Courtesy of the artist
Robin Meloy Goldsby. Courtesy of the artist
- "Peaceful Harbor" (Goldsby)
- "The Lady Plays" (Goldsby)
- "Charade" (Mancini)
- "Somewhere in Time" (Barry)
- "Waltz for Alex" (Goldsby)
- "Portrait of Robin Meloy Goldsby" (McPartland)
- "Night and Day" (Porter)
Robin Meloy Goldsby may have been destined for show business. She had the requisite musical roots –- her father, Bob Rawsthorne, played drums for the PBS program Mr. Rogers' Neighborhood. She also had the early childhood experiences: Through her dad's involvement in Pittsburgh show business, she had the opportunity to act and play piano in various local productions. Goldsby picks up the story on this episode of Piano Jazz, telling host Marian McPartland how a summer off from school, waiting tables on Nantucket Island, led to her first gig as a pianist in a bar.
Goldsby has spent much of her career in a seldom-considered corner of the music business: She's made a living "specializing in background music" and playing piano in bars, lounges and hotel lobbies ranging from the Grand Hyatt in New York to nightclubs in Haiti. Her experiences are chronicled in her hilarious and often poignant memoir Piano Girl: Lessons in Life, Music, and the Perfect Blue Hawaiian — which is how McPartland came to know about her.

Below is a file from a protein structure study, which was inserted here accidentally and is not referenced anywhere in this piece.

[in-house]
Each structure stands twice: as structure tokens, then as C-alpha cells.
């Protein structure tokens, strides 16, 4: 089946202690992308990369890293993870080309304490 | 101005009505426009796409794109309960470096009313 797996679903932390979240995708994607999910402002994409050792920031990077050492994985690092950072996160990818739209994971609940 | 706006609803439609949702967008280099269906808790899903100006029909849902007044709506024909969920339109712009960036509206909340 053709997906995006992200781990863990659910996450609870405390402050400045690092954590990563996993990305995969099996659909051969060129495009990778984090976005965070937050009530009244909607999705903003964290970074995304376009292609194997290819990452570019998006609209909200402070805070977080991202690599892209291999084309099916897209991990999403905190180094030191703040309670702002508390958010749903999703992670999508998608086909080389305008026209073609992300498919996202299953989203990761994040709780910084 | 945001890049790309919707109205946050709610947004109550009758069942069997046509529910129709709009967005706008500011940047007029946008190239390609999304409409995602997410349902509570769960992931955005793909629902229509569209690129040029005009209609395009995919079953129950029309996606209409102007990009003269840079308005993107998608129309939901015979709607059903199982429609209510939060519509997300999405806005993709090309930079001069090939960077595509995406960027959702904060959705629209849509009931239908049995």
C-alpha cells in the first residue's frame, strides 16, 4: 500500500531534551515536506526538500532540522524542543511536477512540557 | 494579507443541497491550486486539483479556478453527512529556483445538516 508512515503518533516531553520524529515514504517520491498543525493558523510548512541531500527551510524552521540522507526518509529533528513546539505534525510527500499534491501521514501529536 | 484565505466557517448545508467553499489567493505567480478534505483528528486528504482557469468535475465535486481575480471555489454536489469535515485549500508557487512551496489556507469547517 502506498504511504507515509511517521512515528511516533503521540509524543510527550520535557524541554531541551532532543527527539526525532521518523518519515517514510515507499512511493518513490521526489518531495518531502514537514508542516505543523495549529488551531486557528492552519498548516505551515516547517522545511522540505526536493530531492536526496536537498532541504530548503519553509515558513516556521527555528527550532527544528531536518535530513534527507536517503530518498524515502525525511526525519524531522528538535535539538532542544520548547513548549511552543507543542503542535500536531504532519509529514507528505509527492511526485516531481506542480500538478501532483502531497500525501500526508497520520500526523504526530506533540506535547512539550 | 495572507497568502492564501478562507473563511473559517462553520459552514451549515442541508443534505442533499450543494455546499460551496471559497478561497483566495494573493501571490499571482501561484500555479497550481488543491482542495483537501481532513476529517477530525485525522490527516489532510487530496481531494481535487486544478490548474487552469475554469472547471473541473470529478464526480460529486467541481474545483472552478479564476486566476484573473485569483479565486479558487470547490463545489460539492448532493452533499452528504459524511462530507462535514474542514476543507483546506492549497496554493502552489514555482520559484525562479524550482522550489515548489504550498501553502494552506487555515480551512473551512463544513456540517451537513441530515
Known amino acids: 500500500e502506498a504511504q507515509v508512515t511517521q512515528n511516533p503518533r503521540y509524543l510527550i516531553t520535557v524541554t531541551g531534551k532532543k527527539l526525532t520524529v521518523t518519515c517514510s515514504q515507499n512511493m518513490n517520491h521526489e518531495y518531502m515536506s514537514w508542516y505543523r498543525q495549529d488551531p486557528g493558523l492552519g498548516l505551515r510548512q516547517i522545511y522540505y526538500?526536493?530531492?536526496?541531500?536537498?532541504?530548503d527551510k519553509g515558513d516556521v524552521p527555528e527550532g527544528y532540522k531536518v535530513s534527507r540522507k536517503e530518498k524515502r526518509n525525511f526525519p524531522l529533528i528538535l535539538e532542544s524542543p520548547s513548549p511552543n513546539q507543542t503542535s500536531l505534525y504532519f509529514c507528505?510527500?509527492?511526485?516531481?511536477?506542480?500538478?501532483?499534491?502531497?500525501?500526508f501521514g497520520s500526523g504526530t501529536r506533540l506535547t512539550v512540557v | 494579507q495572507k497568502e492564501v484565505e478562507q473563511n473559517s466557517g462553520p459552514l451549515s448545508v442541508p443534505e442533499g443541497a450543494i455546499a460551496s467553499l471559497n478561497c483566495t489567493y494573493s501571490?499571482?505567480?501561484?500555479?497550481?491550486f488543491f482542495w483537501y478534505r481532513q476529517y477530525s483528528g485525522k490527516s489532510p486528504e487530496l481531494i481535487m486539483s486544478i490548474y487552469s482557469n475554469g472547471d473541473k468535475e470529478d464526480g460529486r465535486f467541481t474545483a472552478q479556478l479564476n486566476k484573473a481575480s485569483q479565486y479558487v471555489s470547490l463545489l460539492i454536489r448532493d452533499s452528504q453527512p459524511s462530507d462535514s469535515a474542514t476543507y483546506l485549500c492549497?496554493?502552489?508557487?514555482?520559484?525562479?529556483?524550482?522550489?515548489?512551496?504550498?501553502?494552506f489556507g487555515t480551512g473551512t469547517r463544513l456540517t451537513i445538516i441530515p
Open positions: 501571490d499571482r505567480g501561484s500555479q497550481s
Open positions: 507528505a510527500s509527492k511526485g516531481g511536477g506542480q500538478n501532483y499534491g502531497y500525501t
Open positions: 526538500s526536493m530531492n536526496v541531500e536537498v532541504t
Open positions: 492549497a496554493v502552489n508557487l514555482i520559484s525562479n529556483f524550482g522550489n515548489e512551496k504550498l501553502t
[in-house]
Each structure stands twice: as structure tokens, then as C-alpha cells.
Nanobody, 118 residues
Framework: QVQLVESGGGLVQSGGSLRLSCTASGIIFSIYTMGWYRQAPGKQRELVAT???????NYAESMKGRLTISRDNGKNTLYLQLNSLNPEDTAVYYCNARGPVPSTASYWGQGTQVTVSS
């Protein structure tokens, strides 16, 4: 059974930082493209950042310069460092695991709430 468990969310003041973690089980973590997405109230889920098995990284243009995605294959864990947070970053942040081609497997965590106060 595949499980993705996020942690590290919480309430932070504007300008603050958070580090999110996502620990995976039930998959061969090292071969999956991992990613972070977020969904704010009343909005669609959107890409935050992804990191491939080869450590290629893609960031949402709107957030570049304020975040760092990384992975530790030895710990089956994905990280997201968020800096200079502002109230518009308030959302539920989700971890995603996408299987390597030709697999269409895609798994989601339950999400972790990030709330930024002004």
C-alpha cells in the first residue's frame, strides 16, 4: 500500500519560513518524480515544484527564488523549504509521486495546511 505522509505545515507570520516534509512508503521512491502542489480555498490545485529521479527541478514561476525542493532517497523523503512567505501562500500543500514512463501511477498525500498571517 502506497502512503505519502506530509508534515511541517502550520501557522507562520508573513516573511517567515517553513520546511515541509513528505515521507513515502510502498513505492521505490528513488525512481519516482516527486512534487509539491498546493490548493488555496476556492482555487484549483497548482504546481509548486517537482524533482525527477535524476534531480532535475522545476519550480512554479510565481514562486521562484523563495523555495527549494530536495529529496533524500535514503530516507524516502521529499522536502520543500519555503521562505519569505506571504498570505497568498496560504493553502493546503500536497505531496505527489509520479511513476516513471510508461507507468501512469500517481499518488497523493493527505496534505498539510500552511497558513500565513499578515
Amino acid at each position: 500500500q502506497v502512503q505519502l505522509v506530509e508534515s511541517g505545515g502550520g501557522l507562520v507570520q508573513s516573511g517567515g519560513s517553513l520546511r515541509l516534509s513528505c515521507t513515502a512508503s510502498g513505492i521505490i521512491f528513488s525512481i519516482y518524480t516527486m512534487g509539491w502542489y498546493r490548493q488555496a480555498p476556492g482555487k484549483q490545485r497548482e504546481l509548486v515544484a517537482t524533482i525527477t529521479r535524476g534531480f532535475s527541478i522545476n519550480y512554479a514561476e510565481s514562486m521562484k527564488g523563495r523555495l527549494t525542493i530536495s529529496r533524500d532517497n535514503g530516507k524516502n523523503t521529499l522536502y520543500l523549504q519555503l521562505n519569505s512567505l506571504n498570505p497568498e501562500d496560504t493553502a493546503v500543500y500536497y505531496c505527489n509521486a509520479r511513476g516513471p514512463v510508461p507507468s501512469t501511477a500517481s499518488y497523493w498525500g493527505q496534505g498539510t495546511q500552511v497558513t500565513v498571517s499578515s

Clearly, Goldsby knows the standards, and she and McPartland get together on a few classic tunes: Henry Mancini's "Charade" and Cole Porter's "Night and Day." But Goldsby also offers up a deeper glimpse into her musical mind — she performs several originals, including a tune honoring McPartland called "The Lady Plays." McPartland returns the sentiment with an elegant, spontaneously improvised musical portrait of her guest.
Goldsby now resides in Germany with her husband John, a jazz bassist. In addition to working on various musical projects and raising two children, Goldsby has just released her second book and first novel, Rhythm.
Originally recorded May 18, 2006.